Self-organized biotectonics of termite nests

Published Date: 
February 2, 2021

The termite nest is one of the architectural wonders of the living world, built by the collective action of workers in a colony. Each nest has several characteristic structural motifs that allow for efficient ventilation, cooling, and traversal. We use tomography to quantify the nest architecture of the African termite Apicotermes lamani, consisting of regularly spaced floors connected by scattered linear and helicoidal ramps. To understand how these elaborate structures are built and arranged, we formulate a minimal model for the spatiotemporal evolution of three hydrodynamic fields-mud, termites, and pheromones-linking environmental physics to collective building behavior using simple local rules based on experimental observations. We find that floors and ramps emerge as solutions of the governing equations, with statistics consistent with observations of A. lamani nests. Our study demonstrates how a local self-reinforcing biotectonic scheme is capable of generating an architecture that is simultaneously adaptable and functional, and likely to be relevant for a range of other animal-built structures.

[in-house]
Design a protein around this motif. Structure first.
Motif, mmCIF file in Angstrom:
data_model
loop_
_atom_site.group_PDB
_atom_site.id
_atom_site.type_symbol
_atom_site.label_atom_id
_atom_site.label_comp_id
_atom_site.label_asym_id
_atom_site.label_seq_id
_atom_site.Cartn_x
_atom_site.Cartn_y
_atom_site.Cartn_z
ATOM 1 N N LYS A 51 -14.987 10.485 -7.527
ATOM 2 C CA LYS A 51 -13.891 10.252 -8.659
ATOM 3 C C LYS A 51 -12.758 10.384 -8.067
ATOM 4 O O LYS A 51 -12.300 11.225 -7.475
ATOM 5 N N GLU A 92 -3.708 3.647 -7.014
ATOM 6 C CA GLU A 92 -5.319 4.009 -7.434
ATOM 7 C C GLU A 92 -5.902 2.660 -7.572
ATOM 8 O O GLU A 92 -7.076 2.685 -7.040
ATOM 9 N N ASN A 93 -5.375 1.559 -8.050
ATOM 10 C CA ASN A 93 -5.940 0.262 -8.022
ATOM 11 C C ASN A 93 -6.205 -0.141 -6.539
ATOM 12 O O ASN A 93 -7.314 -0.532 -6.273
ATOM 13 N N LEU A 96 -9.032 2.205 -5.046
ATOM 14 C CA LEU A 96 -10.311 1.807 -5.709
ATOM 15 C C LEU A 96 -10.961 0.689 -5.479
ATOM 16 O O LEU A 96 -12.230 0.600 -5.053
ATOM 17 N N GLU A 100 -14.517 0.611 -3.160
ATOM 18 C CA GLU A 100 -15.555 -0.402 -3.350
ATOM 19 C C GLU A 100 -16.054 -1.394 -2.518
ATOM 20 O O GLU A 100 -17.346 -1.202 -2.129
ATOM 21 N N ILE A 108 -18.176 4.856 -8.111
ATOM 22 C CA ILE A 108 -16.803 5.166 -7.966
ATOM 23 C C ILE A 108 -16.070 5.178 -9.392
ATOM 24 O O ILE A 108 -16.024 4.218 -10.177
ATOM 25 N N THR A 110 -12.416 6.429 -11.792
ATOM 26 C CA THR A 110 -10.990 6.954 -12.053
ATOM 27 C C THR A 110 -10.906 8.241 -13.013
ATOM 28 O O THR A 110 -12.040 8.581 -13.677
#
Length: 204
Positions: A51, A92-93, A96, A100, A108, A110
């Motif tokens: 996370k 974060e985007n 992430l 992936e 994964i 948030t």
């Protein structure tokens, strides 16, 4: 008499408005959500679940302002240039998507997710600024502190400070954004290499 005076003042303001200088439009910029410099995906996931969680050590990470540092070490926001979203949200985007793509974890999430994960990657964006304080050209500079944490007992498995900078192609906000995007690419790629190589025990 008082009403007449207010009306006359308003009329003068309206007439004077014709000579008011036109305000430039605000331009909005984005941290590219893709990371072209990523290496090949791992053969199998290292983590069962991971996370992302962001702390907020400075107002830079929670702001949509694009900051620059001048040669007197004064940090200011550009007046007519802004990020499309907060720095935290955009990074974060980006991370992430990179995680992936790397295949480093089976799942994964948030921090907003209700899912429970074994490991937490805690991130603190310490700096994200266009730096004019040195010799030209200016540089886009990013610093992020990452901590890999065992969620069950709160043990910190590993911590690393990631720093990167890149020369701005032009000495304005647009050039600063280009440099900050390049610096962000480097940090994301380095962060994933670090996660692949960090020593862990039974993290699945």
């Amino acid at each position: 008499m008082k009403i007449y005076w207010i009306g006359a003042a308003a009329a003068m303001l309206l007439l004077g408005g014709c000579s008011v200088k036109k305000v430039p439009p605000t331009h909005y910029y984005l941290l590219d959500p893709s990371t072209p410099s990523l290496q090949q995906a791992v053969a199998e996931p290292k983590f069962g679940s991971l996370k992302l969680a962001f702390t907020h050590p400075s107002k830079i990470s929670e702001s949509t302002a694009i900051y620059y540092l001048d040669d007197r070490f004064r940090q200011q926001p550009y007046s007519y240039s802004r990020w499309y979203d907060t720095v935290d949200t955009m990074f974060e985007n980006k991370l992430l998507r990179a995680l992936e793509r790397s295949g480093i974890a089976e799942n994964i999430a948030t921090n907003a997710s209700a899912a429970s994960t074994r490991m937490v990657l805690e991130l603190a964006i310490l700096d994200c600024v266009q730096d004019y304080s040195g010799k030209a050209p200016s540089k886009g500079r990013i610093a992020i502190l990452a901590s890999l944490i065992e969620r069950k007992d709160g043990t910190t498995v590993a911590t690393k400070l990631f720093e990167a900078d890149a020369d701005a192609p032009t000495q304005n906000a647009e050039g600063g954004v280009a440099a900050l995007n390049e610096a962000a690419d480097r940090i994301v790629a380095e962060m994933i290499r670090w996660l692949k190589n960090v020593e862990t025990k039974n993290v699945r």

Alexander Heyde, Lijie Guo, Christian Jost, Guy Theraulaz, L Mahadevan